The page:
Hydrostatic Thrusts on Submerged Plane Surface
Due to the existence of hydrostatic pressure in a fluid mass, a normal force is exerted on any part of a solid surface which is in contact with a fluid. The individual forces distributed over an area give rise to a resultant force.
Plane Surfaces
Consider a plane surface of arbitrary shape wholly submerged in a liquid so that the plane of the surface makes an angle θ with the free surface of the liquid. We will assume the case where the surface shown in the figure below is subjected to hydrostatic pressure on one side and atmospheric pressure on the other side.
Fig 5.1 Hydrostatic Thrust on Submerged Inclined Plane Surface
Let p denotes the gauge pressure on an elemental area dA. The resultant force F on the area A is therefore

(5.1) 
According to Eq (3.16a) Eq (5.1) reduces to

(5.2) 
Where h is the vertical depth of the elemental area dA from the free surface and the distance y is measured from the xaxis, the line of intersection between the extension of the inclined plane and the free surface (Fig. 5.1). The ordinate of the centre of area of the plane surface A is defined as

(5.3) 
Hence from Eqs (5.2) and (5.3), we get

(5.4) 
where is the vertical depth (from free surface) of centre c of area .
Equation (5.4) implies that the hydrostatic thrust on an inclined plane is equal to the pressure at its centroid times the total area of the surface, i.e., the force that would have been experienced by the surface if placed horizontally at a depth h_{c} from the free surface (Fig. 5.2).
Fig 5.2 Hydrostatic Thrust on Submerged Horizontal Plane Surface
The point of action of the resultant force on the plane surface is called the centre of pressure . Let and be the distances of the centre of pressure from the y and x axes respectively. Equating the moment of the resultant force about the x axis to the summation of the moments of the component forces, we have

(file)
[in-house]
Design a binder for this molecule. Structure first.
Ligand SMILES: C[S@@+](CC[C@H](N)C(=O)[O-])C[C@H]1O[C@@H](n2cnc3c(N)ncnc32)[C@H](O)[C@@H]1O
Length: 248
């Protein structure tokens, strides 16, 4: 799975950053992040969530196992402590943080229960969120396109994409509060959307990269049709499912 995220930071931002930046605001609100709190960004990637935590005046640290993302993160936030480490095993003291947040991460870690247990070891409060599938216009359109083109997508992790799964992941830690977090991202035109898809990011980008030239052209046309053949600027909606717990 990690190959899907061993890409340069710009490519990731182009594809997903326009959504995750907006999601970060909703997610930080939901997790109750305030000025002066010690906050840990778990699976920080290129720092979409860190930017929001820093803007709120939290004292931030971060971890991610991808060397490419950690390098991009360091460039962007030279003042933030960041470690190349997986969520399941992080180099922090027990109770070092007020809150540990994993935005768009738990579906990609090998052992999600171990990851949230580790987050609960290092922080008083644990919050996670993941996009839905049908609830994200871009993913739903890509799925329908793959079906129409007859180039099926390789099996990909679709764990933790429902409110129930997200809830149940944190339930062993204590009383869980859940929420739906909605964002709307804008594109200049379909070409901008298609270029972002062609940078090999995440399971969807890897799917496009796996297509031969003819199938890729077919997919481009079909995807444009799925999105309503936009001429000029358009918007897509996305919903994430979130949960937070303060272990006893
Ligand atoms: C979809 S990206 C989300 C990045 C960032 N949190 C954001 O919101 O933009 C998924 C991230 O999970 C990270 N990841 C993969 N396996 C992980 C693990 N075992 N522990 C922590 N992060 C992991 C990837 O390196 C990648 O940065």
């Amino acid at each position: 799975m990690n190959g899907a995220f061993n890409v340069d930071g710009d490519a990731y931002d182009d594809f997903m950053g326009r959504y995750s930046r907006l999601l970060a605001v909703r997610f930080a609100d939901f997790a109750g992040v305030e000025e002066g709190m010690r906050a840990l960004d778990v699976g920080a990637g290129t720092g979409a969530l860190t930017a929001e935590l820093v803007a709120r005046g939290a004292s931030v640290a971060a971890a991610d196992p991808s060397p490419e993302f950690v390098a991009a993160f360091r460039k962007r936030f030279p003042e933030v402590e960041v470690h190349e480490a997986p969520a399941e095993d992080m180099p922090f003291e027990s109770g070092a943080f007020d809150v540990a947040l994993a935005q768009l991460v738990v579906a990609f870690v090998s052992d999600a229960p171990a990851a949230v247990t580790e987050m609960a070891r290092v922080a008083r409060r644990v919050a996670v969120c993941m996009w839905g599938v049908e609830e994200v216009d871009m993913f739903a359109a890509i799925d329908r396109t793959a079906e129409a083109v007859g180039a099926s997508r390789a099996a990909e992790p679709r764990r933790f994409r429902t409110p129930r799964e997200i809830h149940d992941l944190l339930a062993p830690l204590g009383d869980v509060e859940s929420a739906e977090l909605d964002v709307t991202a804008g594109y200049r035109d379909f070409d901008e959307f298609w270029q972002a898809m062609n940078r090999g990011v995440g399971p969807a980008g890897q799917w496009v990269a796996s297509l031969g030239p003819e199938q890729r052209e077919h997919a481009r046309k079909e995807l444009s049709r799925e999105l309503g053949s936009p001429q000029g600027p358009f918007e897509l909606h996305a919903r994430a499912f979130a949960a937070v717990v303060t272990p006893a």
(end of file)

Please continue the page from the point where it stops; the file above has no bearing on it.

(5.5) 
Solving for y_{p} from Eq. (5.5) and replacing F from Eq. (5.2), we can write

(5.6) 
In the same manner, the x coordinate of the centre of pressure can be obtained
by taking moment about the yaxis. Therefore,
From which,

(5.7) 
The two double integrals in the numerators of Eqs (5.6) and (5.7) are the moment of inertia about the xaxis I_{xx}and the product of inertia I_{xy} about x and y axis of the plane area respectively. By applying the theorem of parallel axis

(5.8) 

(5.9) 
where, and are the moment of inertia and the product of inertia of the surface about the centroidal axes
, and are the coordinates of the center c of the area with respect to xy axes.
With the help of Eqs (5.8), (5.9) and (5.3), Eqs (5.6) and (5.7) can be written as

(5.10a) 

(5.10b) 
The first term on the right hand side of the Eq. (5.10a) is always positive. Hence, the centre of pressure is always at a higher depth from the free surface than that at which the centre of area lies. This is obvious because of the typical variation of hydrostatic pressure with the depth from the free surface. When the plane area is symmetrical about the y' axis,
, and .